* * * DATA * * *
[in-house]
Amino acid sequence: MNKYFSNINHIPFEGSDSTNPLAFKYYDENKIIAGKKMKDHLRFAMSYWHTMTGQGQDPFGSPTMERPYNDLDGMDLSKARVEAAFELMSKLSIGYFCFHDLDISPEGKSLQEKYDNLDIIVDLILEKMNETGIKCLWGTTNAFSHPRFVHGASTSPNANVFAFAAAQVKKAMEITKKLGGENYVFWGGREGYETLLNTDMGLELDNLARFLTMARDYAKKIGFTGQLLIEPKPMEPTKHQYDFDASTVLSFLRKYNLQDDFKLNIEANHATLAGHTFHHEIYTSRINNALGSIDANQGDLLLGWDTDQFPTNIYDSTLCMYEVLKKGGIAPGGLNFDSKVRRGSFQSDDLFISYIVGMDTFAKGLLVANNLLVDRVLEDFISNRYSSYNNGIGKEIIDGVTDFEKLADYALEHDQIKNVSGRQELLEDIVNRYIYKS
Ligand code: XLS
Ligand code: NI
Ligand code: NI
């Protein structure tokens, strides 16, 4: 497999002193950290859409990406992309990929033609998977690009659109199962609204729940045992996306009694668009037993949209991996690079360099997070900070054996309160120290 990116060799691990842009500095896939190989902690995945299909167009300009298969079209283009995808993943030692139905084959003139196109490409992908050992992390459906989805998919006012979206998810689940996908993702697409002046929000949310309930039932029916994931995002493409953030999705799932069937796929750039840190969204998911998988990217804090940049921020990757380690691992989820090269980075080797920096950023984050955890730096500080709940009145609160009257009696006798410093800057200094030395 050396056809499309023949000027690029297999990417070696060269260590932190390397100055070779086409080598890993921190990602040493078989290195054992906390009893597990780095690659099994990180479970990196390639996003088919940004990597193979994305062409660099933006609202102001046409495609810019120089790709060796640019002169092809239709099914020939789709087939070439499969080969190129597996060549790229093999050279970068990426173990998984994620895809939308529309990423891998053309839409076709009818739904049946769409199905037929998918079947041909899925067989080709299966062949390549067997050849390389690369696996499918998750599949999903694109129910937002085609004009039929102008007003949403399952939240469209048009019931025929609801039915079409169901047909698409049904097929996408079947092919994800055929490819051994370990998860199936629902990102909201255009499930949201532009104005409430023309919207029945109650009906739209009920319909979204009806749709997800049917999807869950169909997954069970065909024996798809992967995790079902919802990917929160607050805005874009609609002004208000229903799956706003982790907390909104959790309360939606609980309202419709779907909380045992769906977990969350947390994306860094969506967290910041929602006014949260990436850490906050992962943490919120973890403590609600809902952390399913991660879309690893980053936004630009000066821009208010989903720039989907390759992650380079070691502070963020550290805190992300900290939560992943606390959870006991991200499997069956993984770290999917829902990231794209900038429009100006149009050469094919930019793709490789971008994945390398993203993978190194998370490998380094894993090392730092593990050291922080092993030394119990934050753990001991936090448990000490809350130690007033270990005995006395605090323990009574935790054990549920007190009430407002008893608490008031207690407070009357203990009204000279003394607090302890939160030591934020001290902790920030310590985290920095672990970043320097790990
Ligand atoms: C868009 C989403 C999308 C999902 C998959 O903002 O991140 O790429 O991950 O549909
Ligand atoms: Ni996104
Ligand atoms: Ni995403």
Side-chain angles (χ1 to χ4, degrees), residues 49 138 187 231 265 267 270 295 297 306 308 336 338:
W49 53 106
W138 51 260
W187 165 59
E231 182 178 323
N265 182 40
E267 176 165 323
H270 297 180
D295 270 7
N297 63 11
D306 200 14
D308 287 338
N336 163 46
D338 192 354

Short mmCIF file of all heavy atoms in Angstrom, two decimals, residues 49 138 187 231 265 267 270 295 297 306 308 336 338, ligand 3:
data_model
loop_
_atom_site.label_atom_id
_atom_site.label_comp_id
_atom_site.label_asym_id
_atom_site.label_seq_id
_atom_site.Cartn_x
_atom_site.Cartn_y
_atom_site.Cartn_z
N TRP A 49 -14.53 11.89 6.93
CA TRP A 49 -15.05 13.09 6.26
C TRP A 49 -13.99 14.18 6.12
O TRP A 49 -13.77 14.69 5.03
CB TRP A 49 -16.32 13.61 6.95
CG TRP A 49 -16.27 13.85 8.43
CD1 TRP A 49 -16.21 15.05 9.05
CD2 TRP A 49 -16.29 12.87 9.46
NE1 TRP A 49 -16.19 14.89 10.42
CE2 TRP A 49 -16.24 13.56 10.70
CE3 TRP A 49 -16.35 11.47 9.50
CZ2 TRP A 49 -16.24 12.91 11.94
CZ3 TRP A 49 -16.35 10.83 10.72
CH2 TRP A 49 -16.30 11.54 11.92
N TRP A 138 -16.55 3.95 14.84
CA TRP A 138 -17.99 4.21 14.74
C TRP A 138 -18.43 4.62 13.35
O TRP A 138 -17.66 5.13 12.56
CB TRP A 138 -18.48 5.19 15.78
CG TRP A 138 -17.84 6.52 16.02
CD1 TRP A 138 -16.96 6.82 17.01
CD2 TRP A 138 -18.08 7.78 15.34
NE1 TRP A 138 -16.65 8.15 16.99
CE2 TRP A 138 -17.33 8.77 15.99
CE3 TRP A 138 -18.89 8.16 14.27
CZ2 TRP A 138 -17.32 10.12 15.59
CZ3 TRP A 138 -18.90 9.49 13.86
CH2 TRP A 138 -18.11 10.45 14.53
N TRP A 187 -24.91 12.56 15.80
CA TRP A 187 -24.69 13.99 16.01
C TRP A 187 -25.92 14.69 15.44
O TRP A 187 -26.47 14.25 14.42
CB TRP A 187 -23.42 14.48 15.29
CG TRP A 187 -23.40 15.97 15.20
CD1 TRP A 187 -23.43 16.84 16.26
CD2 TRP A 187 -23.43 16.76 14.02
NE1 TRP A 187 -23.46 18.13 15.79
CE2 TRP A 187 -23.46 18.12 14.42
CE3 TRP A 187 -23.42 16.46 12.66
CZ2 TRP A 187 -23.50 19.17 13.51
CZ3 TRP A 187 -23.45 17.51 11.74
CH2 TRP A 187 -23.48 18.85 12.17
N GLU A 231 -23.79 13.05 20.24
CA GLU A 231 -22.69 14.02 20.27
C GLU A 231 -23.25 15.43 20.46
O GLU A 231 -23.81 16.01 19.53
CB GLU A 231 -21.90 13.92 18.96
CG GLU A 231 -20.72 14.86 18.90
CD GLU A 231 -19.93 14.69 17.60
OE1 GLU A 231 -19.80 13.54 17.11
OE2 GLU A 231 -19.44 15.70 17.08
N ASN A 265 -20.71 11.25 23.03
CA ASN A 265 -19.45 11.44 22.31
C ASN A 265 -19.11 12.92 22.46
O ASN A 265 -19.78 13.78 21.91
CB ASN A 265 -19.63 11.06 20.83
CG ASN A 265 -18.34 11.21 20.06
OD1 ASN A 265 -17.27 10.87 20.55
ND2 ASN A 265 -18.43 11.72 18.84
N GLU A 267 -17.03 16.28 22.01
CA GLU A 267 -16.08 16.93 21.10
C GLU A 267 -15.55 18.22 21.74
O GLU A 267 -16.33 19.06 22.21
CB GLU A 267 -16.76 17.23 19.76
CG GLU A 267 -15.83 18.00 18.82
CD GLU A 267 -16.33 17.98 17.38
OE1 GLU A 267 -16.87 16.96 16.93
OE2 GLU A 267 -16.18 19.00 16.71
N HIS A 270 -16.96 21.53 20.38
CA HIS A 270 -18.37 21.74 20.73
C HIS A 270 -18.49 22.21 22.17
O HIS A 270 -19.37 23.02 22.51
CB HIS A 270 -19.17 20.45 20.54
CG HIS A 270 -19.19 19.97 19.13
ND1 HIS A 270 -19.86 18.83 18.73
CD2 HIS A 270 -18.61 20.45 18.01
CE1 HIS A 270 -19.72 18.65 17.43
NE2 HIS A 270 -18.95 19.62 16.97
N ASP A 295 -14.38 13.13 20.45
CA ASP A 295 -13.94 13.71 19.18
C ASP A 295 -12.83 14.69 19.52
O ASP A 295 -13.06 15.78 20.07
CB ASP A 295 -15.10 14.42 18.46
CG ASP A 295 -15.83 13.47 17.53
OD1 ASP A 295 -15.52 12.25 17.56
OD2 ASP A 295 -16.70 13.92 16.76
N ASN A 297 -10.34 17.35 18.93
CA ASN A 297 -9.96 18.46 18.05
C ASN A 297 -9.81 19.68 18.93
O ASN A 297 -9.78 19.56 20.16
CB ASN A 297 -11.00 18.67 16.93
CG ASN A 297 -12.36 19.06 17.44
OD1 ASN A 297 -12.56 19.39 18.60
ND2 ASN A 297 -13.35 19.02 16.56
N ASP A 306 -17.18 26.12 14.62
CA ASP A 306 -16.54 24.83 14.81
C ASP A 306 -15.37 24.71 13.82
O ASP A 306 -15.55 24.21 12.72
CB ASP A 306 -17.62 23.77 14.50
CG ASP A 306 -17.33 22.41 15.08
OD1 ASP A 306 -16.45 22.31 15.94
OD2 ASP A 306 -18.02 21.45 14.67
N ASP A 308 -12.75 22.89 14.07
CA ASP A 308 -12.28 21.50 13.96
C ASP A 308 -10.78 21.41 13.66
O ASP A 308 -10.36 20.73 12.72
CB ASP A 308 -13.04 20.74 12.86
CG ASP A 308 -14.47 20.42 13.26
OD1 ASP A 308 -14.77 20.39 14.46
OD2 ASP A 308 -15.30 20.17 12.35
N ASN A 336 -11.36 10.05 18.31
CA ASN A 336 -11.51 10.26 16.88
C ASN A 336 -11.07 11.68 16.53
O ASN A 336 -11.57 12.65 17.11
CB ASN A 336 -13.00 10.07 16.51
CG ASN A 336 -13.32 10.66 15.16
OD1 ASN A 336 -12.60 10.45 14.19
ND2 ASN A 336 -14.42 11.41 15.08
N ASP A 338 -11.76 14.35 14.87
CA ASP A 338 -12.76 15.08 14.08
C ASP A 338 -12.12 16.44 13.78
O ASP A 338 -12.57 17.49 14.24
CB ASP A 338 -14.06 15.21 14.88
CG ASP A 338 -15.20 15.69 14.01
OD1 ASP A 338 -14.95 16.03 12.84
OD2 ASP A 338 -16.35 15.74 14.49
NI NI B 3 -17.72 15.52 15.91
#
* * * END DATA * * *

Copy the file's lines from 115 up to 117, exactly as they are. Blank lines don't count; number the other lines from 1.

O ASP A 295 -13.06 15.78 20.07
CB ASP A 295 -15.10 14.42 18.46
CG ASP A 295 -15.83 13.47 17.53